Preliminary results on the EUCLID NISP stray-light and ghost analysis

Geis, N.; Grupp, F.; Prieto, E.; Bender, R.

Proc. SPIE 9602, UV/Optical/IR Space Telescopes and Instruments: Innovative Technologies and Concepts VII, 96020H (22 September 2015); doi: 10.1117/12.2187948

Abstract: The EUCLID mission within the European Space Agencies 2015 - 2025 Cosmic Vision framework addresses cosmological questions related to dark matter and dark energy. EUCLID is equipped with two instruments that are simultaneously observing patches of > 0:5 square degree on the sky. The VIS visual light high spacial resolution imager and the NISP near infrared spectrometer and photometer are separated by a di-chroic beam splitter. With its large FoV (larger than the full moon disk), together with high demands on the optical performance and strong requirements on in flight stability lead to very challenging demands on alignment and post launch { post cool-down optical element position. In addition the demanding requirements from spectroscopy and galaxy photometry lead to a highly demanding stray light and ghost control need. With this paper we present a preliminary - PDR level - analysis of ghosting and stray light levels in the EUCLID NISP near infrared spectrometer and photometer. The analysis presented focuses on the photometric channel, as this, together with the wide field of the instrument, shows most of the challenges and features of the instrument. As one requirement is to have a non vignetting design, extensive baffling is not possible, and only secondary and higher order light can be actively baffled. A comprehensive ZEMAX based analysis is being presented, showing in summary that baffles are only necessary due to the EUCLID fine guiding sensors auxiliary fields of view. The total level of contaminating light is thereafter dominated by stray light from dust on the lenses. Ghosts play a minor role.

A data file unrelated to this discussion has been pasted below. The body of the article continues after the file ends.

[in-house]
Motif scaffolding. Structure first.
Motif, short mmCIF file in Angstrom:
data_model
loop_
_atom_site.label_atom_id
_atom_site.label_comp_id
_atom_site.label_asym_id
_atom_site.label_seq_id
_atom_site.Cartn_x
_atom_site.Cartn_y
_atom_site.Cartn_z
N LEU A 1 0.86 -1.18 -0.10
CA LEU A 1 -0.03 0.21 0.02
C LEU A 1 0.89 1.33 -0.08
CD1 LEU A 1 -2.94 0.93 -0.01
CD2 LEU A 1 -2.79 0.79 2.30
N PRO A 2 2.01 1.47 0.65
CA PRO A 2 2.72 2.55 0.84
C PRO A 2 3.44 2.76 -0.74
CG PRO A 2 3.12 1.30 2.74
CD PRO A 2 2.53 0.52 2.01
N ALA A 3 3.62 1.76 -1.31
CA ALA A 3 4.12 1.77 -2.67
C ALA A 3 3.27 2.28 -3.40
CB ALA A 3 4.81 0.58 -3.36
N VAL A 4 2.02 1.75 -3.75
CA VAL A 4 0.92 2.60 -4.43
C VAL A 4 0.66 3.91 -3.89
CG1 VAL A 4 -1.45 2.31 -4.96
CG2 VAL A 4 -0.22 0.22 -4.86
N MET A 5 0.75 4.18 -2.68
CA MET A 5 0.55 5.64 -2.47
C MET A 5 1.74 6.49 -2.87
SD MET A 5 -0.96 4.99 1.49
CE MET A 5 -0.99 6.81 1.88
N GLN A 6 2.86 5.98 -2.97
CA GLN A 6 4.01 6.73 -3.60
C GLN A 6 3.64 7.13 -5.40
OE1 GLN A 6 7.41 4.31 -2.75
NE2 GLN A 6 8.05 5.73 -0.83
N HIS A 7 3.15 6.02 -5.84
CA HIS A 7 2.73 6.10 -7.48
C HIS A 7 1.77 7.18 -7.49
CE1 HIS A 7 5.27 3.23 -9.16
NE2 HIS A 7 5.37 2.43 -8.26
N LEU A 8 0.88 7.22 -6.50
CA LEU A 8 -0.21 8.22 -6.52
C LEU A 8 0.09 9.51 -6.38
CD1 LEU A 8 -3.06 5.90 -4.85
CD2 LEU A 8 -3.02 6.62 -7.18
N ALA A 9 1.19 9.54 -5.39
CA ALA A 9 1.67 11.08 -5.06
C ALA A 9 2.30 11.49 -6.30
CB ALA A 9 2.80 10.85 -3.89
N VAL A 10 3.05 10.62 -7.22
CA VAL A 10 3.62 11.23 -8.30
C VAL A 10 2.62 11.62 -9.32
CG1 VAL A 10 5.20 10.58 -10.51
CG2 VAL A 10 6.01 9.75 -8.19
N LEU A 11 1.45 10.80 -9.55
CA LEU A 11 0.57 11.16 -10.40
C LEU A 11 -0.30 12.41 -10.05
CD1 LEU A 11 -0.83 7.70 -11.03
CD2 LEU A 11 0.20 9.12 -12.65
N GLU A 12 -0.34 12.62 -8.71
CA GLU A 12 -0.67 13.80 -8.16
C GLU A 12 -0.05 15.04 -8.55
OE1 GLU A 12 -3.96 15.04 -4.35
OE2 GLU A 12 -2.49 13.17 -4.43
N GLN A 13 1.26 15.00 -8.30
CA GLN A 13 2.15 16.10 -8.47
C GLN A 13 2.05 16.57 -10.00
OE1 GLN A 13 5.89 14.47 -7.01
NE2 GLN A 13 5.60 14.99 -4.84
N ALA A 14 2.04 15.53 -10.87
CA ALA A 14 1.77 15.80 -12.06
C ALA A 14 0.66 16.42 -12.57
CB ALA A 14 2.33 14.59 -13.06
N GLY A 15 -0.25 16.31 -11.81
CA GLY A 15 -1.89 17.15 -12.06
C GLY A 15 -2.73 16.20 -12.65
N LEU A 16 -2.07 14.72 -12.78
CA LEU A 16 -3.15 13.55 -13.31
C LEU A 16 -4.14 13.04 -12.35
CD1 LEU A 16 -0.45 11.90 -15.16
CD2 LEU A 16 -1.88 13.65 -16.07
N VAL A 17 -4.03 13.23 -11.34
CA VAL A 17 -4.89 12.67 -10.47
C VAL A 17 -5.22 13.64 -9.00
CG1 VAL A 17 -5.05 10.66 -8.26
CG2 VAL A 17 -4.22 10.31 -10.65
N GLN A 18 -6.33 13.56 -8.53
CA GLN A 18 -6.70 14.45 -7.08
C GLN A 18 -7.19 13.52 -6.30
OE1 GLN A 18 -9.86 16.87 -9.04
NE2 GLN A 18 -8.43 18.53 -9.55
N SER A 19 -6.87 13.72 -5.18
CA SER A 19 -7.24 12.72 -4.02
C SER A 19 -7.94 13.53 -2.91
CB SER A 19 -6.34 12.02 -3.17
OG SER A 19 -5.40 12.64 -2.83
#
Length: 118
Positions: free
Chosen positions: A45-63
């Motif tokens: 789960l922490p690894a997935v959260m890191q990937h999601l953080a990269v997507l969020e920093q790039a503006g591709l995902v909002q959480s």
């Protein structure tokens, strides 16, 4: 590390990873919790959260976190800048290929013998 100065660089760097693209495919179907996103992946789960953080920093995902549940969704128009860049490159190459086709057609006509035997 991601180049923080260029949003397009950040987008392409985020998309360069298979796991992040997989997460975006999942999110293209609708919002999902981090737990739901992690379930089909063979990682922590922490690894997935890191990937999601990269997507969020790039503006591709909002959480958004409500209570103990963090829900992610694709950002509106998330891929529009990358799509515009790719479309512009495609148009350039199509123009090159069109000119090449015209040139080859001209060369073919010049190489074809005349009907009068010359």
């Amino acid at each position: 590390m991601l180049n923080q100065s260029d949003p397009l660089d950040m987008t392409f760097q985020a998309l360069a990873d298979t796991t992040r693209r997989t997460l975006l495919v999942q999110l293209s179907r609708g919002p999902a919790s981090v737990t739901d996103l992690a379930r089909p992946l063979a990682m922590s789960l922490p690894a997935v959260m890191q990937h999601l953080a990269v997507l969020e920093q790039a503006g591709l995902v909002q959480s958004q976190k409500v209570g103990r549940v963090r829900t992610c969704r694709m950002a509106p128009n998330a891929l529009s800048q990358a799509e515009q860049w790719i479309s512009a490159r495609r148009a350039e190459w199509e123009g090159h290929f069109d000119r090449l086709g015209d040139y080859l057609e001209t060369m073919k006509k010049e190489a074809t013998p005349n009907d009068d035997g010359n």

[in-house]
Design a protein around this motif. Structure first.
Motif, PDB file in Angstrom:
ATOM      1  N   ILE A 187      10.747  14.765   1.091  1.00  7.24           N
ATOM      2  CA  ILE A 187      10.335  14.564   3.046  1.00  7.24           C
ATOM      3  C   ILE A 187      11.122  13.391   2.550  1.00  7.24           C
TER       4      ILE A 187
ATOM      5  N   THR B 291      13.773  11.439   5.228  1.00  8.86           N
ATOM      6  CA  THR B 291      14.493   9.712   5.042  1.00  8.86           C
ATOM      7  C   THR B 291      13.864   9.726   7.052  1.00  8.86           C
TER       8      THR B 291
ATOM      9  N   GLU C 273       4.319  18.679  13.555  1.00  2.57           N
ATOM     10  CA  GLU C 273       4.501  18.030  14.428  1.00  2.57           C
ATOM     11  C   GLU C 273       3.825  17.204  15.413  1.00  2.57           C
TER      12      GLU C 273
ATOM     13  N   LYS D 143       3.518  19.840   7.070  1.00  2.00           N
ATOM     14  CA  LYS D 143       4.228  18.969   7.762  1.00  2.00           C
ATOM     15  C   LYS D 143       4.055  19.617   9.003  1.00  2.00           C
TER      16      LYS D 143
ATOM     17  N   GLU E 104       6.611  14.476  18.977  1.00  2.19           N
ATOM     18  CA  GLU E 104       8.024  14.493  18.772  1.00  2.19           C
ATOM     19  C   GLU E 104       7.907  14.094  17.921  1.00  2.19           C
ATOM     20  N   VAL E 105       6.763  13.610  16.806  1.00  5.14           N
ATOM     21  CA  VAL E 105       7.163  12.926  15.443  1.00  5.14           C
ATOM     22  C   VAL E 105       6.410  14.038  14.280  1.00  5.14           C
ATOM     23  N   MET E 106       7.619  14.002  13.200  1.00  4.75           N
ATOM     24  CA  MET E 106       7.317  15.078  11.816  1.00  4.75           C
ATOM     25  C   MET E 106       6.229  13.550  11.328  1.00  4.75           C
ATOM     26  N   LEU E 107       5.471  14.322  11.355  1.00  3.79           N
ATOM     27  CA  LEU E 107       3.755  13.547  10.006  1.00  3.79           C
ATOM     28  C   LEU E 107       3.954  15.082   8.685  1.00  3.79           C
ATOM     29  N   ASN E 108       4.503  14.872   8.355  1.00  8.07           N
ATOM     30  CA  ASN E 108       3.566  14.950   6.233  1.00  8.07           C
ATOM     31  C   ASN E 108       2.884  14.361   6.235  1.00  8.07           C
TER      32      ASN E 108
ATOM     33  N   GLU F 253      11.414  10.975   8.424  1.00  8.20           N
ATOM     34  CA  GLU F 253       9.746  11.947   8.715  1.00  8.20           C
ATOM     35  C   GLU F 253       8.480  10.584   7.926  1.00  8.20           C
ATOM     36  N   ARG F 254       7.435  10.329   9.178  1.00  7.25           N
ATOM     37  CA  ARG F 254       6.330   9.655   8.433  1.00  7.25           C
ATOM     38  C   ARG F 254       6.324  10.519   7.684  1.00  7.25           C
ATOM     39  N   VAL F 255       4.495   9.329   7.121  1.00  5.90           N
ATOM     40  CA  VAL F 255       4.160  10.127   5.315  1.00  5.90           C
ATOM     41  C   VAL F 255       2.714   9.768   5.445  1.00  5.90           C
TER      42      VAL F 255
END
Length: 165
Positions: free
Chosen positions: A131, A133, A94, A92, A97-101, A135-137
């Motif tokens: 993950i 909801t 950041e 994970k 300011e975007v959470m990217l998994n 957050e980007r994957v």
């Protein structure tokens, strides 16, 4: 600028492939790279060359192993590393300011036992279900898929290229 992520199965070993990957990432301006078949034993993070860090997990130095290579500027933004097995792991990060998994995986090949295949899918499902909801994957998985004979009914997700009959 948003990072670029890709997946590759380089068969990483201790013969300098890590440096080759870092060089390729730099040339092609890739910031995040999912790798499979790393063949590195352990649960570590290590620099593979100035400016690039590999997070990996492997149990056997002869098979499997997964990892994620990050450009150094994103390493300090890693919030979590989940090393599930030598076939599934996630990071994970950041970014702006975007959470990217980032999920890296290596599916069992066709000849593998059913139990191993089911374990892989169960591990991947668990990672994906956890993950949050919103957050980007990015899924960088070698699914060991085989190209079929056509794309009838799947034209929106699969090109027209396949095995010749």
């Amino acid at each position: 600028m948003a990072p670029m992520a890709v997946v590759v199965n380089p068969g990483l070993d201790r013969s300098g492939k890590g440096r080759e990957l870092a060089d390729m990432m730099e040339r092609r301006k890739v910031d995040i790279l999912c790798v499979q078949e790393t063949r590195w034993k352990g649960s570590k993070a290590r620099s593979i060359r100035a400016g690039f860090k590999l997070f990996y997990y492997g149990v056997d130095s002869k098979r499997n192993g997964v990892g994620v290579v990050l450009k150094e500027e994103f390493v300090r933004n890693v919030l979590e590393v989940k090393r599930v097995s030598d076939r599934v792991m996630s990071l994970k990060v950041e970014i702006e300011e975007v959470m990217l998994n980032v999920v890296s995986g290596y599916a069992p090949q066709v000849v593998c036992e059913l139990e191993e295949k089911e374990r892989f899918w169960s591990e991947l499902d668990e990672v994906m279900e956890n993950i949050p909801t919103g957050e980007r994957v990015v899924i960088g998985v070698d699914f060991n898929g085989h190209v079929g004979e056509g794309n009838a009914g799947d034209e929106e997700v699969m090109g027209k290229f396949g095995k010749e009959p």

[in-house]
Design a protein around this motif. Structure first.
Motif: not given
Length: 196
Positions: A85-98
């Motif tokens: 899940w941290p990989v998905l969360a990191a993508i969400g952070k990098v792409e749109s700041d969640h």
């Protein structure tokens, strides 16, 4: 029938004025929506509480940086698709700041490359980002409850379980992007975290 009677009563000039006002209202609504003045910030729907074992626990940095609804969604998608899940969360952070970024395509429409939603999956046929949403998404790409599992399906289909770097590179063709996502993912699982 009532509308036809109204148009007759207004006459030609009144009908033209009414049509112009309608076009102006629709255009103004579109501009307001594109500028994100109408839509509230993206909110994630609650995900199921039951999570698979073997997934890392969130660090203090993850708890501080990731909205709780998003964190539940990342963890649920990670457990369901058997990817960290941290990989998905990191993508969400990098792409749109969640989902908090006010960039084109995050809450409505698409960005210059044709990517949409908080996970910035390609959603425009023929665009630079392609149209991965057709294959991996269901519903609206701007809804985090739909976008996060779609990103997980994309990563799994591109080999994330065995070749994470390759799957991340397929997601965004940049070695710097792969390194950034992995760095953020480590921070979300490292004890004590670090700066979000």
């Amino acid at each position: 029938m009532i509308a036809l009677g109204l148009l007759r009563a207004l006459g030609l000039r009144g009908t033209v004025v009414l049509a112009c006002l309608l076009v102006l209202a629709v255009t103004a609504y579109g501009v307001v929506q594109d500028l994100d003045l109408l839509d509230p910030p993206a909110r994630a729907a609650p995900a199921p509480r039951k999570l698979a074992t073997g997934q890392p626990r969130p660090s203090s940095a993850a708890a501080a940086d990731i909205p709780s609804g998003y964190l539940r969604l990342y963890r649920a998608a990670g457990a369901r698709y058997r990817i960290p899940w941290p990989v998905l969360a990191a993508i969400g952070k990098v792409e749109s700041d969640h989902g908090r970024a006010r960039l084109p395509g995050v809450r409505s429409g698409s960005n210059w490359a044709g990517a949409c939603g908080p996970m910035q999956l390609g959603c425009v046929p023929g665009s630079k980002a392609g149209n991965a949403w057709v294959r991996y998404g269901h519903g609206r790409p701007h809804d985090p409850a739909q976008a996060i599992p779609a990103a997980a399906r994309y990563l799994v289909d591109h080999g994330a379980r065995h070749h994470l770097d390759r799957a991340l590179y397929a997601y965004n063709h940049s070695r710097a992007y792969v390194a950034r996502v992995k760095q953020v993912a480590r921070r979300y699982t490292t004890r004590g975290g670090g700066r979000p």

Temperature-dependent refractive index measurements of CaF2, Suprasil 3001, and S-FTM16 for the Euclid near-infrared spectrometer and photometers

Douglas B. Leviton; Kevin H. Miller; Manuel A. Quijada; Frank U. Grupp

Proc. SPIE 9578, Current Developments in Lens Design and Optical Engineering XVI, 95780M (3 September 2015); doi: 10.1117/12.2189024

Abstract: Using the Cryogenic High Accuracy Refraction Measuring System (CHARMS) at NASA’s Goddard Space Flight Center, we measured absolute refractive indices at temperatures from 100 to 310 K at wavelengths from 0.42 to 3.6 microns for CaF2, Suprasil 3001 fused silica, and S-FTM16 glass in support of lens designs for the Near Infrared Spectrometer and Photometer (NISP) for ESA’s Euclid dark energy mission. We report absolute refractive index, dispersion (dn/dλ), and thermo-optic coefficient (dn/dT) for these materials. In this study, materials from different melts were procured to understand index variability in each material. We provide temperature-dependent Sellmeier coefficients based on our data to allow accurate interpolation of index to other wavelengths and temperatures. For calcium fluoride (CaF2) and S-FTM16, we compare our current measurements with CHARMS measurements of these materials made in the recent past for other programs. We also compare Suprasil 3001’s indices to those of other forms of fused silica we have measured in CHARMS.

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